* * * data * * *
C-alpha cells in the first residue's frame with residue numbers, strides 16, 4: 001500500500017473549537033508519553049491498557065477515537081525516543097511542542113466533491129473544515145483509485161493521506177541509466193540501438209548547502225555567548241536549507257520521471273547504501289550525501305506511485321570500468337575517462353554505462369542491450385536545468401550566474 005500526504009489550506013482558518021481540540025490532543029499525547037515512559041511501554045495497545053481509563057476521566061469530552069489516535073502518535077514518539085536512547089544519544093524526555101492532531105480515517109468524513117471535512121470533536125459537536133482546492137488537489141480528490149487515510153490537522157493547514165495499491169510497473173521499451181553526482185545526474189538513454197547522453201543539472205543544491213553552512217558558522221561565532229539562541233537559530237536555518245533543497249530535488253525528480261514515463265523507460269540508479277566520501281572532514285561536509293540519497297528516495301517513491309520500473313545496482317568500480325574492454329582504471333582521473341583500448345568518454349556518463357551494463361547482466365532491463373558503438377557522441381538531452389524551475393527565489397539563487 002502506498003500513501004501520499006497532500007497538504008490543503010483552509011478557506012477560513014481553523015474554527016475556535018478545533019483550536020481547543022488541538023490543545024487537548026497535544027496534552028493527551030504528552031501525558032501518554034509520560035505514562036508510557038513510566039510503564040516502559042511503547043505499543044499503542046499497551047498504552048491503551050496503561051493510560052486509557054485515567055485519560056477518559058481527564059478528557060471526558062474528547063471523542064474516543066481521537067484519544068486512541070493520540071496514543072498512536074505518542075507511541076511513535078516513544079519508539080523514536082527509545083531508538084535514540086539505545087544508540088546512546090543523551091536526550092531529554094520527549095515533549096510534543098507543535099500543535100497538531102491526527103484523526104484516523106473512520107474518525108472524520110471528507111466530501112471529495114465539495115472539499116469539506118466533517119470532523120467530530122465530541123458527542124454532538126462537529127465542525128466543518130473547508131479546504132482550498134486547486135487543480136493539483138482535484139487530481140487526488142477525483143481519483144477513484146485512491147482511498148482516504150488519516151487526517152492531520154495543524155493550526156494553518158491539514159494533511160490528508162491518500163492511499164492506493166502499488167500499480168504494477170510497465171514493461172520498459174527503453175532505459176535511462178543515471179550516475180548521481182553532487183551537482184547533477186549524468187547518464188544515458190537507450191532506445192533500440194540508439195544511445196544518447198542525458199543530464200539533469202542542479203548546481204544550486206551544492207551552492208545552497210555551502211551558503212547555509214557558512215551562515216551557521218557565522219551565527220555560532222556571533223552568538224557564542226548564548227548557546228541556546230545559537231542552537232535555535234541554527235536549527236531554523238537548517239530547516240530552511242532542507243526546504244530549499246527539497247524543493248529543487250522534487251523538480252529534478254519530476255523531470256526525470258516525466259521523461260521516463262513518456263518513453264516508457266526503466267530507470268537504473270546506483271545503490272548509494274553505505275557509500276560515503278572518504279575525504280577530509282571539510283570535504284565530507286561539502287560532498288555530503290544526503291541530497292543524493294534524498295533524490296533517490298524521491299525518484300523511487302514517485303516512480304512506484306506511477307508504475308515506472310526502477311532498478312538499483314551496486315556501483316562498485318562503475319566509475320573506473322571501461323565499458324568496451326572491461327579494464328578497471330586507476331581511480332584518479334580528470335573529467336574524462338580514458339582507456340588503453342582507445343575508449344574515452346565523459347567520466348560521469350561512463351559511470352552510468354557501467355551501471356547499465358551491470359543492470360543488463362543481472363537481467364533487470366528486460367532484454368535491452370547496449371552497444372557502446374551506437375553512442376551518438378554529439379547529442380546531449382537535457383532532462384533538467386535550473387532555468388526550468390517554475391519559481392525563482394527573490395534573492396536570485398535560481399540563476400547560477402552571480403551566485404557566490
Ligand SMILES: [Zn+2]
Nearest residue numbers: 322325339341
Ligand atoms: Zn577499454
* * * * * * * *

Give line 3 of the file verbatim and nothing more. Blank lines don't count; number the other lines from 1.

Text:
Nearest residue numbers: 322325339341